Honour killing arises out of the discrimination practiced against women. Women are not given their due rights to take decisions about their life, rather it is the family of the woman who decides on her behalf. And in case such a decision is challenged or not followed, it is considered immoral and unethical on part of the victim. Another cause responsible for honour killing is a dispute between parents and their child regarding marriage, especially the marriage outside one’s own caste. In India, majority of the cases of honour killing arise out of caste distinction. Practice of caste distinction dates back to the Manu Smriti that distinguished between higher and lower castes and considered Brahmins of the highest caste of Indian society. Caste or ‘gotra’ is a very important factor from the sociological angle of honour killings because when a woman marries a man of a lower caste, she acquired the ‘lower’ caste of her husband and thus brings her family disgrace by lowering their status in the eyes of the society. The basic cause of such menace is the patriarchal mind set and the tradition of caste and exercise of control over a woman’s body.
Thus, marrying outside one’s own caste, or going against the parents’ wishes is considered to bring dishonour to the family and therefore the own father, brother, uncle of such victim believing themselves to be entitled to punish their child and even put their child to death in case they stray from the ‘established norms’ practice such barbarism which carries the name of ‘Honour killing’. Other causes of honour killing include women dating and choosing their own partners which is perceived as an act of rebellion from the established family traditions. Thus when the woman refuses to break off her relationship and accept an arranged marriage, she is tortured, harassed and ultimately murdered. In certain cases, the woman is married to an abusive and violent husband in spite of which the family would insist the girl to continue staying with the man and not divorced so that the family’s status in the society does not get hampered and in case the girl rebels, she is killed. Another common case is when the girl is raped and instead of showing support to the victim, the family of the victim feels humiliated. The situation is worsened when the girl gets pregnant and to save the dignity of the family, the rape victim is killed. Homosexuality has also been a reason for causing honour violence as behaviours, be it same-sex sexual acts or acts considered inappropriate expression of gender (like a male dressing up as a female) triggers suspicion, immediately tagging such individuals as ‘unnatural’ and leading to their honour killings.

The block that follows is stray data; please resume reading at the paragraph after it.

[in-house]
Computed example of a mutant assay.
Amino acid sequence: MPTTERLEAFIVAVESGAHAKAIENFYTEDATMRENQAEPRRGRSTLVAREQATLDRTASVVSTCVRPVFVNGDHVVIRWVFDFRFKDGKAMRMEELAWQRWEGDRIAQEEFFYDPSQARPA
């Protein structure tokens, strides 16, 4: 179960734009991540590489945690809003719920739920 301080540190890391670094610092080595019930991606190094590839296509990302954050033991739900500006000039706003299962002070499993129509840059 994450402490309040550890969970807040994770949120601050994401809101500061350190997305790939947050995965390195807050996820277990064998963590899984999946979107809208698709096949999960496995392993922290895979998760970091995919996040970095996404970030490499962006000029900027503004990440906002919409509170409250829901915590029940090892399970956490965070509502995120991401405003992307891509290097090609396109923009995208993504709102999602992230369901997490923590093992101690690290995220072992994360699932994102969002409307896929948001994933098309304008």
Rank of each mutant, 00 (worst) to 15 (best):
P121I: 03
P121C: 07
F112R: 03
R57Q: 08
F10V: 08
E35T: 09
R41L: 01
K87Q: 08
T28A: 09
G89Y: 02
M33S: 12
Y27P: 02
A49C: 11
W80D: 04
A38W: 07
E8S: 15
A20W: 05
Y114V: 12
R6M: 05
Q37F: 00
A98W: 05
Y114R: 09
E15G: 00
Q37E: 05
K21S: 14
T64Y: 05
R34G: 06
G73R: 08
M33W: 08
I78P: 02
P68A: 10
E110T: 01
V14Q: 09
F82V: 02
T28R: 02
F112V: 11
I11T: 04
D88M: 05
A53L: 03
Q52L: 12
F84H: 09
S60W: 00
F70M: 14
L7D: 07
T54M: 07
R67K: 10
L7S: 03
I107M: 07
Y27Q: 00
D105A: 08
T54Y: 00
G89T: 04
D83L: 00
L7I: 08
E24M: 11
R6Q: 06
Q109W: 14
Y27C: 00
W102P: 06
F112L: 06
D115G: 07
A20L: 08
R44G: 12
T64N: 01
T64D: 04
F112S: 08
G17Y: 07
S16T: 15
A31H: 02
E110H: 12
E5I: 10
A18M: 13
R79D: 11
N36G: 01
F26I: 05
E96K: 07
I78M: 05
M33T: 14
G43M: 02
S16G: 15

Legal Position in India
In Arumugan Seevai V. State of Tamil Nadu*, the Supreme Court of India held that, “to kill or physically assault a young man/woman who marries against their wishes is wholly illegal”. In another case the Supreme Court held that honour killings, for whatever reason, come within the category of rarest of rare deserving severe punishment. It is time that such barbaric and brutal practices are cut off from our nation. There exists no law in India dealing with ‘honour killings’ per se. The Government’s proposal of amending section 300 of IPC and including honour killings was rejected by the Law Commission of India on the grounds that the existing provisions adequately deal with such killings. The Law Commission has proposed that Khap Panchayats indulging in such crimes must be declares unlawful and introduced a ‘Prohibition of Unlawful Assembly(Interference with the Freedom of Matrimonial Alliance) Bill of 2011.
Combating the Issue
The vulnerability of women with honour killings can be reduced only if the patriarchal mind-sets are confronted and challenged. Being a sociological issue involving traditions, culture, norms, law alone cannot be effective in curbing this issue. Another important liberator is education as an educated and economically independent woman would not easily bend down to the rules determining her own life. Also, with the advancement of the world, it is the need of the hour that people adjust to the changing patterns of the society. It is also very important to raise awareness and develop protection procedures to ensure prompt action to combat the honour killings.
*(2011)6 SCC 405